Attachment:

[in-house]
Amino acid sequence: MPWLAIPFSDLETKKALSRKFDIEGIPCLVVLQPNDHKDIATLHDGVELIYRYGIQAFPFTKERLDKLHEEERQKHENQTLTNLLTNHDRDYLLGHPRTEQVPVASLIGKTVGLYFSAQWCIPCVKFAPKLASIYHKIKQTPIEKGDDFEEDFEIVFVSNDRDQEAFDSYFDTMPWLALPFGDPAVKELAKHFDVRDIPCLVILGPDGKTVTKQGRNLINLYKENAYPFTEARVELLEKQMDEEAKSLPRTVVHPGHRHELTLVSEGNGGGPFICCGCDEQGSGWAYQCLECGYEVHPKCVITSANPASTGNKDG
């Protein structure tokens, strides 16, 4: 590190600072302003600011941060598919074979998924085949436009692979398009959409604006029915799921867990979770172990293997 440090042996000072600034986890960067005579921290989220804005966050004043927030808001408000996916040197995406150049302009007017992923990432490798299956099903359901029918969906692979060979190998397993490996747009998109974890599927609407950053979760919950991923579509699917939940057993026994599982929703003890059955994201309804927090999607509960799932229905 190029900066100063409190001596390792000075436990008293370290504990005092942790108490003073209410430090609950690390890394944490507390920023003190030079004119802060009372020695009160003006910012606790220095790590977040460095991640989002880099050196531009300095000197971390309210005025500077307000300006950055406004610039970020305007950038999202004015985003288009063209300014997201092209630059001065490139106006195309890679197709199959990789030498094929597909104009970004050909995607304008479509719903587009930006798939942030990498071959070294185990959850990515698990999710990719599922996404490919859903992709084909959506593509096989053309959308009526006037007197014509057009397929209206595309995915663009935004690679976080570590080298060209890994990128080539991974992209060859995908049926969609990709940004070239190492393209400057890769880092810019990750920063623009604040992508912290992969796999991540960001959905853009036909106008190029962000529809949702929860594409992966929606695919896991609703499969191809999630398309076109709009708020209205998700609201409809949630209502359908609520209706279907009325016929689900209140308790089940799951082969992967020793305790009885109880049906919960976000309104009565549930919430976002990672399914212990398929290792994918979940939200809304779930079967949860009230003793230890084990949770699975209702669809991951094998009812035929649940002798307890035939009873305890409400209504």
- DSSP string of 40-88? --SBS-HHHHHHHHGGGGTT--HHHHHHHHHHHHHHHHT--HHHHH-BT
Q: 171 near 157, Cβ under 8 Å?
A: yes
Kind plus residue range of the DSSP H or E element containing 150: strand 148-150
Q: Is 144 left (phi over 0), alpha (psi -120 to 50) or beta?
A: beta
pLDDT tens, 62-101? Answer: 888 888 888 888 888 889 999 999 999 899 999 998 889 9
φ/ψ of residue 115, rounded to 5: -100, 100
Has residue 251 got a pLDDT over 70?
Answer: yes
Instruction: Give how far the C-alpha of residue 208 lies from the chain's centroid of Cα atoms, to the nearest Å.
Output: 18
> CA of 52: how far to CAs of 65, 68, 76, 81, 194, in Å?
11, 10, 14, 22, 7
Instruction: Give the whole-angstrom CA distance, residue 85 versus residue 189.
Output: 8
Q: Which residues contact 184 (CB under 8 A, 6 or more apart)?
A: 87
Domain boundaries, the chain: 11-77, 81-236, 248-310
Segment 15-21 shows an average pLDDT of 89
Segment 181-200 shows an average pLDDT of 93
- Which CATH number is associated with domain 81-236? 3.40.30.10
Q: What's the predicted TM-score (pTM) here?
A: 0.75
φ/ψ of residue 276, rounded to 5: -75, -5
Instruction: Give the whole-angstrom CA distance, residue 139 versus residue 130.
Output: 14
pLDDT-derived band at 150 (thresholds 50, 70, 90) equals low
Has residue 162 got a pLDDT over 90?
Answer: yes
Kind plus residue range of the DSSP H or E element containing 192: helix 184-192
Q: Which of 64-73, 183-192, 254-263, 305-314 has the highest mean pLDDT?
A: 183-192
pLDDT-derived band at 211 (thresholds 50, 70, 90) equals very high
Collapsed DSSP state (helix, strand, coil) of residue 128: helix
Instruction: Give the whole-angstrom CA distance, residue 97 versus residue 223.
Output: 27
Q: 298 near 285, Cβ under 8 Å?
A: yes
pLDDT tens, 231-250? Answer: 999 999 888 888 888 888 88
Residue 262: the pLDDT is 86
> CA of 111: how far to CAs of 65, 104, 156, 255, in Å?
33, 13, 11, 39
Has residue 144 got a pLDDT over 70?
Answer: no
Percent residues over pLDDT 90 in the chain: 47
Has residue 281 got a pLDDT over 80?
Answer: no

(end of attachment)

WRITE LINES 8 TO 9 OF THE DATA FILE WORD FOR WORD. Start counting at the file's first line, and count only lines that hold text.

Q: Is 144 left (phi over 0), alpha (psi -120 to 50) or beta?
A: beta